I’m 20 hours deeper into PSO 2 since my last post and hoo boy have I learned a lot. My teacher was failure, which I recommend. If I could share one “if I would have known then what I do now,” it would be: do the sub class quest as soon as you get it (from Cofy). Other than that, just explore and have fun.
Which is pretty much what I’ve been doing. Yeah, there’s been a lot of conventional leveling: dailies, running urgent quests as many times as I can, etc. and it’s great. As I mentioned in my first impressions post, the aesthetic is there and the gameplay is solid.
But I’ve also been breaking up the grind by finally digging into the story. The amount of characters introduced is overwhelming at first, but their stories begin to weave an intricate tapestry of world building. Each character brings a unique perspective to the larger, still ambiguous, story. It’s oftentimes Very Anime, but in true PSO fashion, will occasionally surprise with a well-executed vignette.
Oh I also attended a “live” concert. When you have the opportunity, definitely go. It’s a cool, somewhat bizarre, J-Pop experience. And you get a buff, for when you’re ready to get back to the grind.
Not even close to burnout, I am ready to get back to that grind. See you in 20 hours.
The Saturn Phantasy Star Collection was always something I longed for, every time I’d see it advertised in the back of a magazine like GameFan. Needless to say, when I was finally able to purchase a copy (in Japan, no less), I was ecstatic.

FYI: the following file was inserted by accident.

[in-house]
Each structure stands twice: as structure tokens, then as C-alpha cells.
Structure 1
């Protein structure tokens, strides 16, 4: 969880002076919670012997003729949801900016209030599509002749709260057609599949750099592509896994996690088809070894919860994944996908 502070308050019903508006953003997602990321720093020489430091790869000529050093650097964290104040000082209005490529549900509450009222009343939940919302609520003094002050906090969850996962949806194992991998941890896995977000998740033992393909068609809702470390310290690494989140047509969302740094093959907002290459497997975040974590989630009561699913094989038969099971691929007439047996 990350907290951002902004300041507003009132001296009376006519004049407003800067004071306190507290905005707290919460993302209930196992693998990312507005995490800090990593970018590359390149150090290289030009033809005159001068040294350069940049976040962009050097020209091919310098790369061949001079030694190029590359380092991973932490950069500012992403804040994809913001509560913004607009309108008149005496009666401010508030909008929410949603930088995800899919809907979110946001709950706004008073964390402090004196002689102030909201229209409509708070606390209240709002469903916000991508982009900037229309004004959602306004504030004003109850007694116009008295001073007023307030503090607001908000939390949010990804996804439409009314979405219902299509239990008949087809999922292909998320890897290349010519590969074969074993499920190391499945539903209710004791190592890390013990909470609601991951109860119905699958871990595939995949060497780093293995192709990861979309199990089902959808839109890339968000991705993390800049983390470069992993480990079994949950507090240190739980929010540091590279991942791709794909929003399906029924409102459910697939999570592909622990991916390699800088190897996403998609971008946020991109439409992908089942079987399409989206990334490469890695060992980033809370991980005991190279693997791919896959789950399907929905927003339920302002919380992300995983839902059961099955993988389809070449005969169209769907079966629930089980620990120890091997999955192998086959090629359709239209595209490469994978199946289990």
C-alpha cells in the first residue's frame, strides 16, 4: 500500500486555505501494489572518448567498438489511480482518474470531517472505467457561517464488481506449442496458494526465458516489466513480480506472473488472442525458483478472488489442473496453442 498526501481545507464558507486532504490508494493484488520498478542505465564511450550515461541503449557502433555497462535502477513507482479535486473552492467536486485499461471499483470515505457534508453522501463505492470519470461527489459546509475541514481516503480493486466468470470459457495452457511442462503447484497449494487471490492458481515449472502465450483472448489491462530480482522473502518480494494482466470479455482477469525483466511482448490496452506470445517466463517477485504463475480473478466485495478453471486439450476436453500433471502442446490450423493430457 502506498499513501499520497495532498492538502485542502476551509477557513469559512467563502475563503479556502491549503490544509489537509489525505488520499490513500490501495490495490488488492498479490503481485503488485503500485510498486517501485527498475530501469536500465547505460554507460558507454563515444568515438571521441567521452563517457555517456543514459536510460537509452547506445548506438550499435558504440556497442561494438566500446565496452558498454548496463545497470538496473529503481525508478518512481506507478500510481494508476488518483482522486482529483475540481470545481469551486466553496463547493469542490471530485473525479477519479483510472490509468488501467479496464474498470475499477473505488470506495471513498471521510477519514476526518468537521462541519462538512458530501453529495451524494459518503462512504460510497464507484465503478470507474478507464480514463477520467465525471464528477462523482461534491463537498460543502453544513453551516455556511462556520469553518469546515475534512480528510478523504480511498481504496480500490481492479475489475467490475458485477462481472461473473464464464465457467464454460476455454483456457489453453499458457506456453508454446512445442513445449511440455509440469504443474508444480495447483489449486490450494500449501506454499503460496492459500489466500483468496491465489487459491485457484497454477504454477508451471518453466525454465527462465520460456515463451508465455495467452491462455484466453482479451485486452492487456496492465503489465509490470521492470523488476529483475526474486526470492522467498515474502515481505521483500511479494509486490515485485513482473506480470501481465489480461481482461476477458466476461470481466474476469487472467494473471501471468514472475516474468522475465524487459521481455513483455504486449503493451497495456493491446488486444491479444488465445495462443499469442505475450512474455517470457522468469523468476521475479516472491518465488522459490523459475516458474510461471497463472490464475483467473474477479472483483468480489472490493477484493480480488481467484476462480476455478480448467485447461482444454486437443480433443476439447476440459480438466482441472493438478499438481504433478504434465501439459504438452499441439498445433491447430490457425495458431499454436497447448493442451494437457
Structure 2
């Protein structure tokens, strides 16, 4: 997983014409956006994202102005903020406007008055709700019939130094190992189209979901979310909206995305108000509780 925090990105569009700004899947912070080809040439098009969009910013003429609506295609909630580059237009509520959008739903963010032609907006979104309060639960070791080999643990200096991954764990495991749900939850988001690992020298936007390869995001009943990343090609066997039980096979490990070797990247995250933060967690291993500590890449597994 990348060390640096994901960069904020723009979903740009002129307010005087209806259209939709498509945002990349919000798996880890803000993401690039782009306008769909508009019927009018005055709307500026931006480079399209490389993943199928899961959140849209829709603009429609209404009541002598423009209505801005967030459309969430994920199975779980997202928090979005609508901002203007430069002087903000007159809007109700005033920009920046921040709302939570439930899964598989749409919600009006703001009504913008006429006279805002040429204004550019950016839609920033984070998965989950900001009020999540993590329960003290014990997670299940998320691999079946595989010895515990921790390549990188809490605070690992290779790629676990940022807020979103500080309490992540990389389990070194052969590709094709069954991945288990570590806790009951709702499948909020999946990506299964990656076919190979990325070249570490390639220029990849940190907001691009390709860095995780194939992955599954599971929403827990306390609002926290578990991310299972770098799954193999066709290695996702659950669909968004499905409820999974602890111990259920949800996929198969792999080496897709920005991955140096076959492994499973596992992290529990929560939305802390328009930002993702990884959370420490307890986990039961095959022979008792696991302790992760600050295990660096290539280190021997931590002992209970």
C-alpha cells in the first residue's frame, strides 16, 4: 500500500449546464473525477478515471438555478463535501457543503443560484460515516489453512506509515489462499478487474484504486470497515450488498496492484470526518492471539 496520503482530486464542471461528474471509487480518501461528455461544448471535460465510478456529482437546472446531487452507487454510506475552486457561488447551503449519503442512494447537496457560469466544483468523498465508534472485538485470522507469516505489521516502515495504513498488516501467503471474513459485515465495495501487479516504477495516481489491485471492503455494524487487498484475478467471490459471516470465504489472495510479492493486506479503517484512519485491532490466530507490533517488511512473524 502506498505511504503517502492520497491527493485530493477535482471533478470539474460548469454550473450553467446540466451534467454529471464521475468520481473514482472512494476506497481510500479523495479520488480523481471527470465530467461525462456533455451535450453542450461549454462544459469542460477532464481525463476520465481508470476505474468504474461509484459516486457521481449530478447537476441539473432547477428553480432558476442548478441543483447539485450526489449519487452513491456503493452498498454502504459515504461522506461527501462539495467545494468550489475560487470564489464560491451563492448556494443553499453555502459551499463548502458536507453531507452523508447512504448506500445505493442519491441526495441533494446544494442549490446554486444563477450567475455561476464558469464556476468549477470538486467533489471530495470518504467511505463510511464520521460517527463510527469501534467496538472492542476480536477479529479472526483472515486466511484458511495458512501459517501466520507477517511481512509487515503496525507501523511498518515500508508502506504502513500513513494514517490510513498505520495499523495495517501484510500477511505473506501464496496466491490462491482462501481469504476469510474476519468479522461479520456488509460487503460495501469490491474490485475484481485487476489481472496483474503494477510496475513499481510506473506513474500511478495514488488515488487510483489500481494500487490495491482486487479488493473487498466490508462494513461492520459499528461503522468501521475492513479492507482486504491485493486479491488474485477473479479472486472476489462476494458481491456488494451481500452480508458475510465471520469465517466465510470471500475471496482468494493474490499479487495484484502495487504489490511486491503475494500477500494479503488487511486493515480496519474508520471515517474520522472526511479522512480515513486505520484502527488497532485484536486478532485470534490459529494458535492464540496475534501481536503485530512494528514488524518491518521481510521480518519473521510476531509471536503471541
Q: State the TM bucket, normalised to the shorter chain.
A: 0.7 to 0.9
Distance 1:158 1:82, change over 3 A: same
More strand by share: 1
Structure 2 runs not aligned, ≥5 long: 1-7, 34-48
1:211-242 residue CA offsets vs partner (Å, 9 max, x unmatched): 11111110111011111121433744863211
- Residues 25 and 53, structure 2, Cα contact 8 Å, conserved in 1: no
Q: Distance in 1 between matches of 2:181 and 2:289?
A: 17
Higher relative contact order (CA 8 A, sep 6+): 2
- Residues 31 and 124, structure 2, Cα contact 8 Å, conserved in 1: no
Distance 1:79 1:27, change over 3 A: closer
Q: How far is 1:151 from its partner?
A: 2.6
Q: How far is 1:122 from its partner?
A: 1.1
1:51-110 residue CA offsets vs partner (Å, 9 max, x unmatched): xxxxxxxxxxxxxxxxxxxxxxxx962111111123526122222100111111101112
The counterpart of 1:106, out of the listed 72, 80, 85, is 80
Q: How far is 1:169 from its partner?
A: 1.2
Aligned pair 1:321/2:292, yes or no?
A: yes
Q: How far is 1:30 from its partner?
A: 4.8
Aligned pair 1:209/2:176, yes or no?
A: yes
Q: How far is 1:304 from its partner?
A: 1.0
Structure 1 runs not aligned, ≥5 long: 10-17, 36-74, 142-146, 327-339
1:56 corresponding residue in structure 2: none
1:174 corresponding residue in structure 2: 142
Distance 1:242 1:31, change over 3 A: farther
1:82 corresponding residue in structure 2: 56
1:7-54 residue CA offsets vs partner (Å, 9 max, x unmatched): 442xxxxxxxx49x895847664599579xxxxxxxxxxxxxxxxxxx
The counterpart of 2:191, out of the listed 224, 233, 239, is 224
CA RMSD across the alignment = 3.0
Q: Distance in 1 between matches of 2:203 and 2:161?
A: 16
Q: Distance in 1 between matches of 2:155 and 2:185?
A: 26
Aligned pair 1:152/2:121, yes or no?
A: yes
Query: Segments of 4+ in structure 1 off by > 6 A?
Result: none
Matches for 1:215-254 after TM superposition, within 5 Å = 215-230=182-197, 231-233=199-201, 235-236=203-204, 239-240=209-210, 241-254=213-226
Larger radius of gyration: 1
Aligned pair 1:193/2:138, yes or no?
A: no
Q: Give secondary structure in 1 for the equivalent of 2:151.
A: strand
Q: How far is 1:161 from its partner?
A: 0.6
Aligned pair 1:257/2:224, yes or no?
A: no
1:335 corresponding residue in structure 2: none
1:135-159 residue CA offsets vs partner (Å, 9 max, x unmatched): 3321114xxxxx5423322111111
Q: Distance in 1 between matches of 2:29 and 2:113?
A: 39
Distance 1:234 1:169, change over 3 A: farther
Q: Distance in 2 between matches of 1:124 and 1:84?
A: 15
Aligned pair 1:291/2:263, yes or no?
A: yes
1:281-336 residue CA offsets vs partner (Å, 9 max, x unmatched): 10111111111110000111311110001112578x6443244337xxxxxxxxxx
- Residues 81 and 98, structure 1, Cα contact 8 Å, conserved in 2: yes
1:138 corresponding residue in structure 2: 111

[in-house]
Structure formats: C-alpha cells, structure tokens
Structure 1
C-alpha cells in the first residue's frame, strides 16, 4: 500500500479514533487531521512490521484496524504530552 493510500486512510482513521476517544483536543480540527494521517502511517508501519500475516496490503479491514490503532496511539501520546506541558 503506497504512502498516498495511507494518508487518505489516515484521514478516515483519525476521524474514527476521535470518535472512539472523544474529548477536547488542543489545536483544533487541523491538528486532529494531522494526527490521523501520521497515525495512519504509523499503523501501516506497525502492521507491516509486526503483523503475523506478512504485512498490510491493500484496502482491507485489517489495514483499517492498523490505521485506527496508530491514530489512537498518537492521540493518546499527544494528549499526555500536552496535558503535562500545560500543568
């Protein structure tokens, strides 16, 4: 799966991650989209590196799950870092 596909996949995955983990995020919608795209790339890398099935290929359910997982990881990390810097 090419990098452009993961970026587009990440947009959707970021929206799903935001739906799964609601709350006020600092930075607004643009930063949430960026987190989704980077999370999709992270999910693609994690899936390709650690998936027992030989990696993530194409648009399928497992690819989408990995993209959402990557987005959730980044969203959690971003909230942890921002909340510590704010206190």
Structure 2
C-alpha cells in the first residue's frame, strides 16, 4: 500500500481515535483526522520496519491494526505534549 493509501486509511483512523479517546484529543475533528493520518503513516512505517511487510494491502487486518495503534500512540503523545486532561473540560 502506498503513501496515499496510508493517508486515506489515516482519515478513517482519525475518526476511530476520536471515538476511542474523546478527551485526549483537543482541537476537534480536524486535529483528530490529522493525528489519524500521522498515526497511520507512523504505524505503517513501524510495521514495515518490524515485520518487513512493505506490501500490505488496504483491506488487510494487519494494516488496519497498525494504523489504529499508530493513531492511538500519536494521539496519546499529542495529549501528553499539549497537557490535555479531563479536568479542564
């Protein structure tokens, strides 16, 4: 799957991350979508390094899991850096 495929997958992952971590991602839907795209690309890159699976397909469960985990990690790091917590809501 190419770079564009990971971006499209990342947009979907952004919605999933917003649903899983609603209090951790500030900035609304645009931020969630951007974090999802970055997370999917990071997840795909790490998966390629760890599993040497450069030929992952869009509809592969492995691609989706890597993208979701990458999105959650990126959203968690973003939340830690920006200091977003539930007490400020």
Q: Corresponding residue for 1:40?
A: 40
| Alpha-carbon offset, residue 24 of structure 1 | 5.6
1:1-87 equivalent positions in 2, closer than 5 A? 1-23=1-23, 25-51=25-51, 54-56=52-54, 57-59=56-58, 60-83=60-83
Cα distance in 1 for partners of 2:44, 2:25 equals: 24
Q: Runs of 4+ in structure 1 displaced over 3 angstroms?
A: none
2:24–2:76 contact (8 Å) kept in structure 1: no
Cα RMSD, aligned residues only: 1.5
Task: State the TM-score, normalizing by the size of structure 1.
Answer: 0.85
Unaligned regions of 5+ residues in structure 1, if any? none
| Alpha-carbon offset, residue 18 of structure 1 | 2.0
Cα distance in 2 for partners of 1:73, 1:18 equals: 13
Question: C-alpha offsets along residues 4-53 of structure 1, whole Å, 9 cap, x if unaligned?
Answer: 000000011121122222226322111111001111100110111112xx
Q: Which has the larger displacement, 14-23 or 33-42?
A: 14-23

I picked this book up on my honeymoon in Japan in 2014, so it’s weirdly special in that sense. The book was originally released in 2013, and covers every game in the series, with a focus on the (then recent) PSO 2.
There is art and information about each pre-PSO 2 game. A few interviews are included as well (in Japanese, of course).
The bulk of the book is focused on Phantasy Star Online 2. It’s really interesting to look at now, as I’m actually familiar with the game’s early NPCs. If you’re currently playing PSO 2, you’ll definitely recognize some of these faces!
The book closes with A TON of PSO 2 concept art, something I always find fascinating.
Phantasy Star Online 2 has finally received a proper English release, and it has been a long time coming. I’ve been playing on Xbox One (X) since the closed beta and have A LOT OF THOUGHTS, so I’m going to collect them in chunks over the next few weeks (months? years?). It’s gonna be a ride.
The short version is, if you love PSO (and all its quirks), you should definitely play PSO 2. It’s free to play on Xbox now, with a Windows 10 Store release in late-May, so there’s very little risk involved. So give it a try.
Now begin the more nuanced thoughts. The good, the bad, and the laggy.
The first thing I noticed when starting PSO 2 is how much they nailed the PSO aesthetic. While the game may not exactly be a “direct sequel” story-wise, it is absolutely aligned aesthetically. Classes and items are carried over and expanded upon, and many enemies and areas echo their PSO predecessors. The overall visual style feels like an HD version of PSO.
What I’m most impressed by however, is how the team nailed the music and sound effects. Not just remixes of PSO tunes, the soundtrack (by Hideaki Kobayashi, Mitsuharu Fukuyama, Kenichi Tokoi, and Tadashi Kinukawa) manages to capture that same electronic orchestra vibe.
While the game may look and sound like PSO, it plays much differently. While the original PSO sometimes felt almost like a strategy game in how you are positioning your character to line up attacks and avoid damage, PSO 2 feels much closer to a modern action RPG. In addition to full camera control, players have access to character action game staples like double jumps, dodges, and even air dodges. It’s not exactly Bayonetta, but combat feels more action-oriented and intense.